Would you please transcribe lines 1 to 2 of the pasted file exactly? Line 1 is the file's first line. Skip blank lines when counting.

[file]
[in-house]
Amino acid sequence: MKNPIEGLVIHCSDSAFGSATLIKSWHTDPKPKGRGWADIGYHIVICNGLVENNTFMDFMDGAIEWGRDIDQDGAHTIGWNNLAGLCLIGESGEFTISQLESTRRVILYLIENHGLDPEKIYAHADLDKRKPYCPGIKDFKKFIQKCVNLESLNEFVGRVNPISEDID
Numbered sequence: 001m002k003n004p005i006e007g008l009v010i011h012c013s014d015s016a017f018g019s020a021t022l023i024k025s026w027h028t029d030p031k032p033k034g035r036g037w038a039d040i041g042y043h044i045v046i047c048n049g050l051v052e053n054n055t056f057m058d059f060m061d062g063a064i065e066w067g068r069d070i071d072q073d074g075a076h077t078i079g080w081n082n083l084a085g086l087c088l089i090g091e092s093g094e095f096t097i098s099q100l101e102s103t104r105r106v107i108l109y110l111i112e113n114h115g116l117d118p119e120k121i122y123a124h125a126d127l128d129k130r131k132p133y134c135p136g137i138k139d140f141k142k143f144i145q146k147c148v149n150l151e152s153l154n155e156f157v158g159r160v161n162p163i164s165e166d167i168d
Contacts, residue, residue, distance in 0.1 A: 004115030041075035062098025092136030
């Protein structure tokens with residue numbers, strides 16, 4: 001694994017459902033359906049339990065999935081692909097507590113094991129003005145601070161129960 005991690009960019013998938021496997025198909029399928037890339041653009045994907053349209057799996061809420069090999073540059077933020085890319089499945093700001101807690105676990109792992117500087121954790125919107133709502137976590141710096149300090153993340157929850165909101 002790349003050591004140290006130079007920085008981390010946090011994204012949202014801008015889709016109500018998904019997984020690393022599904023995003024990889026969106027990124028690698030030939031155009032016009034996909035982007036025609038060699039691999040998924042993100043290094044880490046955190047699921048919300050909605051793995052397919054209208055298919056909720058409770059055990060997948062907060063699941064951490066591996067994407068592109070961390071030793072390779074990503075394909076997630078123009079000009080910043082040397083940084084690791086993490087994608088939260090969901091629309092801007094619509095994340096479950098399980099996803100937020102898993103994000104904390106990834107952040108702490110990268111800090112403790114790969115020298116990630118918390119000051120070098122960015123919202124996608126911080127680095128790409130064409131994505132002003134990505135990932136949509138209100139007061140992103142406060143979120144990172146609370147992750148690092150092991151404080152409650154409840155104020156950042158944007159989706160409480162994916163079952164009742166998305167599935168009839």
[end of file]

[in-house]
Amino acid sequence: MKNPIEGLVIHCSDSAFGSATLIKSWHTDPKPKGRGWADIGYHIVICNGLVENNTFMDFMDGAIEWGRDIDQDGAHTIGWNNLAGLCLIGESGEFTISQLESTRRVILYLIENHGLDPEKIYAHADLDKRKPYCPGIKDFKKFIQKCVNLESLNEFVGRVNPISEDID